Article in Journal ()
Lim J, Clements MA & Dobson J (2012) Delivery of short interfering ribonucleic acid-complexed magnetic nanoparticles in an oscillating field occurs via caveolae-mediated endocytosis, PLoS ONE, 7 (12), Art. No.: e51350.
Gene delivery technologies to introduce foreign genes into highly differentiated mammalian cells have improved significantly over the last few decades. Relatively new techniques such as magnetic nanoparticle-based gene transfection technology are showing great promise in terms of its high transfection efficiency and wide-ranging research applications. We have developed a novel gene delivery technique, which uses magnetic nanoparticles moving under the influence of an oscillating magnetic array. Herein we successfully introduced short interfering RNA (siRNA) against green fluorescent protein (GFP) or actin into stably-transfected GFP-HeLa cells or wild-type HeLa and rat aortic smooth muscle cells, respectively. This gene silencing technique occurred in a dose- and cell density- dependent manner, as reflected using fluorescence intensity and adhesion assays. Furthermore, using endocytosis inhibitors, we established that these magnetic nanoparticle-nucleic acid complexes, moving across the cell surface under the influence of an oscillating magnet array, enters into the cells via the caveolae-mediated endocytic pathway.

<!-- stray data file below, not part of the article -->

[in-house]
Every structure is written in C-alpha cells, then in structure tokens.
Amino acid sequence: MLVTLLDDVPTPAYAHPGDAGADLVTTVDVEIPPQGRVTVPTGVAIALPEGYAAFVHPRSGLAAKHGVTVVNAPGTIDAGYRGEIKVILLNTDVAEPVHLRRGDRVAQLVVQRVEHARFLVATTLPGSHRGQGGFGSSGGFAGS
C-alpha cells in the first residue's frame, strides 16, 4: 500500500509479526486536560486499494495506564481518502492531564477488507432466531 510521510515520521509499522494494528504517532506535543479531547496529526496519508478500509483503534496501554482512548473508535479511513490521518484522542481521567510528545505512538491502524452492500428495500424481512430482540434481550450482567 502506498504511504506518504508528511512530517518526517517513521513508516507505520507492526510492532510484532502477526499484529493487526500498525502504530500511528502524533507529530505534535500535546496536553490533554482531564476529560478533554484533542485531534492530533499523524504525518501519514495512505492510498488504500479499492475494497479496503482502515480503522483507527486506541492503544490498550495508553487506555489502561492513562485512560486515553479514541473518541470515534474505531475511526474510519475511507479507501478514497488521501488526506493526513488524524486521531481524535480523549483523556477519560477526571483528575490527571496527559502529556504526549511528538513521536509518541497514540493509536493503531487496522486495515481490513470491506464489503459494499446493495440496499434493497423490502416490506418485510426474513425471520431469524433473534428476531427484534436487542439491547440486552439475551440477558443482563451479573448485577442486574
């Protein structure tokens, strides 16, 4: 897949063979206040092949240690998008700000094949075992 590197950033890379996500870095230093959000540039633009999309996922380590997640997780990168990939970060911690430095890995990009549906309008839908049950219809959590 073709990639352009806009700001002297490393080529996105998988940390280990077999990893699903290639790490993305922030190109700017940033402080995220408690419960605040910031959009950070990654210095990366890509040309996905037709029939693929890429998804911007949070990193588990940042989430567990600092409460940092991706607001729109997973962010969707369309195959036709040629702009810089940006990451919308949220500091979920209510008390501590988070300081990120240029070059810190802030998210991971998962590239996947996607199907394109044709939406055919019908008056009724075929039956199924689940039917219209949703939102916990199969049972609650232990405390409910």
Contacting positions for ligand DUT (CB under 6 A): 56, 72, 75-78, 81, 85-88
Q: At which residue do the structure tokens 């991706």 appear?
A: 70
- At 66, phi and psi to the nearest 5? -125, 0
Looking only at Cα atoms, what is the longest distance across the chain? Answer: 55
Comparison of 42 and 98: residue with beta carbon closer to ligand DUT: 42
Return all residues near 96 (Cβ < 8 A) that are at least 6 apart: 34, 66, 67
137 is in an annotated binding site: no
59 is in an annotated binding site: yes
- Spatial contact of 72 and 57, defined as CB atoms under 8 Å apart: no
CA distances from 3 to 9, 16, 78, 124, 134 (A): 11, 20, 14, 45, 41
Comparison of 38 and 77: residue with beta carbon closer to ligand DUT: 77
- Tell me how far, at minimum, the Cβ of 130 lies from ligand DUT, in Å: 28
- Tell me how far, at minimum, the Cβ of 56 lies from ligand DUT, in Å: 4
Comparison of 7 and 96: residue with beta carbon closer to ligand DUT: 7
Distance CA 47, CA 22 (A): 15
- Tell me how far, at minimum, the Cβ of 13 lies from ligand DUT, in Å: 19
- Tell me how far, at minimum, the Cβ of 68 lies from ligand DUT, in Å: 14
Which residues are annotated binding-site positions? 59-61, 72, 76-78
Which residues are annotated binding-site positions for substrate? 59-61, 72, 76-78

|Authors||Lim Jenson, Clements Michael A, Dobson John|
|Publisher||Public Library of Science|
Plos one: Volume 7, Issue 12 (2012)